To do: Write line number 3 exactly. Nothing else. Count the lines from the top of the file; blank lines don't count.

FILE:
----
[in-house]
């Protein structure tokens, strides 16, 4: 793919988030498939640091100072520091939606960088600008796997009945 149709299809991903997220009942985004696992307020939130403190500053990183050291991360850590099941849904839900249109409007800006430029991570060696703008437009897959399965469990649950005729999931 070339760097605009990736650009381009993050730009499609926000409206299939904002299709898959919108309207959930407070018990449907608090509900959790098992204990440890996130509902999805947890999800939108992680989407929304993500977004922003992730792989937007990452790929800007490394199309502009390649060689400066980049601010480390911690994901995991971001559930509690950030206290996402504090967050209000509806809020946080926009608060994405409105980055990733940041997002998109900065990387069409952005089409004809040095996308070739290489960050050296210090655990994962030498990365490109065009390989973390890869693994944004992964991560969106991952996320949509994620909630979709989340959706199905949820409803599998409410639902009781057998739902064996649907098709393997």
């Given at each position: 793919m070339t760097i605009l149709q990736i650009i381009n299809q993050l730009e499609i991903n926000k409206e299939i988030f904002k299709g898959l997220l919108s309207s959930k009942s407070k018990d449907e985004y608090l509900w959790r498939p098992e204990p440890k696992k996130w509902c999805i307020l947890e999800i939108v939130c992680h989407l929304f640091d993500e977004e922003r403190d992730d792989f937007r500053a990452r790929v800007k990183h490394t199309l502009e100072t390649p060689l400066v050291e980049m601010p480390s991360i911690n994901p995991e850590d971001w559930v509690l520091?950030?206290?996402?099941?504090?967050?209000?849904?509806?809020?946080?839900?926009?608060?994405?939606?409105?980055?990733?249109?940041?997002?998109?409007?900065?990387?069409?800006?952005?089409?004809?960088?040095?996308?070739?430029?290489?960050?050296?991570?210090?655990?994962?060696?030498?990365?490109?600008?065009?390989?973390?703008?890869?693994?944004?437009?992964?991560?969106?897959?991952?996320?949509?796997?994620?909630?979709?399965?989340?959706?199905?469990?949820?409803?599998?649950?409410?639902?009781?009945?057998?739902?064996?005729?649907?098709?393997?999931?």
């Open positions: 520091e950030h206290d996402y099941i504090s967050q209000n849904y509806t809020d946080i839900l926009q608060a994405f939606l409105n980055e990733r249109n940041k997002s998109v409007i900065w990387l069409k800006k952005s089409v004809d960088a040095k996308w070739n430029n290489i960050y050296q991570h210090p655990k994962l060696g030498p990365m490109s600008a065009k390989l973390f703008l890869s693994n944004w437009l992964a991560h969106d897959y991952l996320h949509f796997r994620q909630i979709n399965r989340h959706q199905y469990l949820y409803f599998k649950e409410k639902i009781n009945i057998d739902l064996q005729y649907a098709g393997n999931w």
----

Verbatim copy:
């Given at each position: 793919m070339t760097i605009l149709q990736i650009i381009n299809q993050l730009e499609i991903n926000k409206e299939i988030f904002k299709g898959l997220l919108s309207s959930k009942s407070k018990d449907e985004y608090l509900w959790r498939p098992e204990p440890k696992k996130w509902c999805i307020l947890e999800i939108v939130c992680h989407l929304f640091d993500e977004e922003r403190d992730d792989f937007r500053a990452r790929v800007k990183h490394t199309l502009e100072t390649p060689l400066v050291e980049m601010p480390s991360i911690n994901p995991e850590d971001w559930v509690l520091?950030?206290?996402?099941?504090?967050?209000?849904?509806?809020?946080?839900?926009?608060?994405?939606?409105?980055?990733?249109?940041?997002?998109?409007?900065?990387?069409?800006?952005?089409?004809?960088?040095?996308?070739?430029?290489?960050?050296?991570?210090?655990?994962?060696?030498?990365?490109?600008?065009?390989?973390?703008?890869?693994?944004?437009?992964?991560?969106?897959?991952?996320?949509?796997?994620?909630?979709?399965?989340?959706?199905?469990?949820?409803?599998?649950?409410?639902?009781?009945?057998?739902?064996?005729?649907?098709?393997?999931?």